Preparing and Protecting Your Home from Snow

Javi Calderon

Preparing and Protecting Your Home for Snow 

Yes, snow looks beautiful and picturesque from the window or on holiday cards, but don’t let it fool you: homeowners outside of Florida, California and Hawaii can attest to just how cumbersome and dangerous snow can be. Without the right precautions in place, winter storms can cause serious damage to your home, cause major disruptions to your daily and weekly routines, and even lead to health concerns for you and your family. 

Follow these quick and critical tips for keeping your family and home safe during the winter snows: 

Prevention. Spraying your driveway and porch before the storm with a magnesium chloride mix will help prevent snow from piling up and sticking. Also, have a professional check your heating and air conditioning system, furnace, chimney stack, flue pipe, etc. inspected before winter hits. Finding out your heat isn’t working right is much less uncomfortable during the fall. 

Clear out the Fall debris. In areas that experience fall and changing leaves before a snowy winter, it's easy to get complacent and decide to let the fallen leaves and twigs stay on the lawn throughout the winter, since it’s soon to be covered by snow for several months anyway. Not only does this make it more difficult to shovel snow out of the way, the thick layer of organic debris can cause the lawn underneath to rot during the winter, leaving you with a nice, barren, brown patch to show off to the neighbors next summer. 

Trim back those tree branches. If the snows have started it's not too late to protect the biggest financial investment you have: your home. Tree branches are great at snagging and collecting snow during a storm. After a heavy snow, a particularly overburdened branch can come crashing down, causing serious damage to the house. Clearing away any branches hanging over the roof, and near windows or porches, is an important way to keep the house safe from the snow.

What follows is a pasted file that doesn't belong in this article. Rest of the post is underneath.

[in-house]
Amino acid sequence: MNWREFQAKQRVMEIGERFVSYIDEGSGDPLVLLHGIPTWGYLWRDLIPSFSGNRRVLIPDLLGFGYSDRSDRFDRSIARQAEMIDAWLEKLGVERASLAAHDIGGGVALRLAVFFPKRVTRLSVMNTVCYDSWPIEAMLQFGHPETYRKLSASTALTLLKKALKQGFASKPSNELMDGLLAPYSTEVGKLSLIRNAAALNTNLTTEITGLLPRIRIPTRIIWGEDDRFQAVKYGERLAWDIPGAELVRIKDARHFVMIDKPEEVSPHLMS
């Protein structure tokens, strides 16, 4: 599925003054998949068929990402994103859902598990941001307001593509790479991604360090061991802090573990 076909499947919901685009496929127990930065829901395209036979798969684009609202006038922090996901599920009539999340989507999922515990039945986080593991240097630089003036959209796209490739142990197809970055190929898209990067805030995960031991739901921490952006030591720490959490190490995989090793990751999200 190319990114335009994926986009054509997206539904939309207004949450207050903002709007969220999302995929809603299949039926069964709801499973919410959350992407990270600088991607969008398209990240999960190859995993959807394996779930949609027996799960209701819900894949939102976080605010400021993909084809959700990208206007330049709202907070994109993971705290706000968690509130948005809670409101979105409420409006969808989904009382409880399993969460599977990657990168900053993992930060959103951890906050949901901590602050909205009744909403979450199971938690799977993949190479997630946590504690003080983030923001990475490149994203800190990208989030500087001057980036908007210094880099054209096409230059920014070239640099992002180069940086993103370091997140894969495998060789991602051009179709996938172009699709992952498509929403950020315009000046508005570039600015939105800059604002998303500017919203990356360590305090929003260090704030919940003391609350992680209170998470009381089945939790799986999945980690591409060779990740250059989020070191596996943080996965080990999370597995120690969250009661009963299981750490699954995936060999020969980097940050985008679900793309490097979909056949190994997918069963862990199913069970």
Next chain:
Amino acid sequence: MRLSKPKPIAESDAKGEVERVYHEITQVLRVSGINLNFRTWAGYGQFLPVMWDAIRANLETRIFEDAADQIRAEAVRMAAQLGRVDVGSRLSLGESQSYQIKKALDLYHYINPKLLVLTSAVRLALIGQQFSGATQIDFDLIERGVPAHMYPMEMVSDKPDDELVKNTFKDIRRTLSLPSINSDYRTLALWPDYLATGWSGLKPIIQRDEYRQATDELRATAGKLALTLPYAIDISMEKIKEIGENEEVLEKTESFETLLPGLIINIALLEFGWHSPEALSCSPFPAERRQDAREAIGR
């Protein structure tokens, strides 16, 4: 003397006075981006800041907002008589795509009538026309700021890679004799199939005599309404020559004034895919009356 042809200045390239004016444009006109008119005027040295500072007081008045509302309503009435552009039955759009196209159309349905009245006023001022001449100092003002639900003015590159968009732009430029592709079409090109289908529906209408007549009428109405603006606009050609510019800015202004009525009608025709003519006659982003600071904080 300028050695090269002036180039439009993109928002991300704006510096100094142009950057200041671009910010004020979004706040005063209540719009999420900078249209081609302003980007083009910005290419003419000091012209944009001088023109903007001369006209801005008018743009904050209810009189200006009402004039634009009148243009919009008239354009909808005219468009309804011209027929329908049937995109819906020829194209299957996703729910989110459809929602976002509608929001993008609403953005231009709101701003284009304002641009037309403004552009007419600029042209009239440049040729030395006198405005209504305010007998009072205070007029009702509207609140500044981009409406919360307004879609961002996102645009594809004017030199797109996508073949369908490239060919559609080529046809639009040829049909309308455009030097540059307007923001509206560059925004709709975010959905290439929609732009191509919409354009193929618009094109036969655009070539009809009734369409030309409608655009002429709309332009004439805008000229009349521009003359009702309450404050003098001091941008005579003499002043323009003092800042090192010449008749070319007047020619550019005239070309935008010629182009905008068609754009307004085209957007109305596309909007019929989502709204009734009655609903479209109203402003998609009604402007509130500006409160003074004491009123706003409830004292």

Fix broken windows. One of the most important goals of winter is to keep the cold temperatures out. Cracked glass lets the cold in and the heat out much easier and the strength of the glass is already compromised, leaving the glass susceptible to breaking during heavy winds. Fixing the glass before it becomes an emergency is a much more comfortable experience. 

Shovel smart, shovel often. Knowing when to shovel is the key to making snow shoveling a bearable experience. Just one inch of rain can harden into 10 inches of snow. That means that after the snow storm has turned into a wintery mix, the snow on your lawn is becoming heavier by the minute. Instead of waiting until after the storm, shovel during; the light powder snow will be lighter and easier to shovel before it starts to melt, and shoveling after the storm is over will be much easier thanks to your proactive efforts. 

Dealing with ice dams. If your roof gutters collect icicles, especially in the corners, after a heavy snow, this is a sign that you have a drainage problem on your roof. Allowing snow and ice dams to accumulate can be incredibly damaging to your roof, including causing leaks by pushing roofing shingles out of position. Once the ice starts to melt, anything below is also at danger. Don’t hack away at icicles with a hammer or chisel, as this is a dangerous procedure that can also be damaging to your roof. Instead, stand on the ground and rake ice and icicles off your gutters and roof with a rake, literally. 

Keep an emergency kit handy. Doesn’t it feel like people are becoming more paranoid these days? It feels like everyone it telling you to prepare, make a plan, have a bag, decide on a meeting point – but winter blackouts are too much of a dangerous reality to wave off.  Handy items like a hand crank radio, flashlights and batteries, water bottles, and a medical kit are must-haves for any family. It’s also a good idea to keep extra blankets around in case the heat gives out and you have to bundle up for the night. 

By following these quick and easy tips you and your family should be able to survive another cold and dreary winter.  



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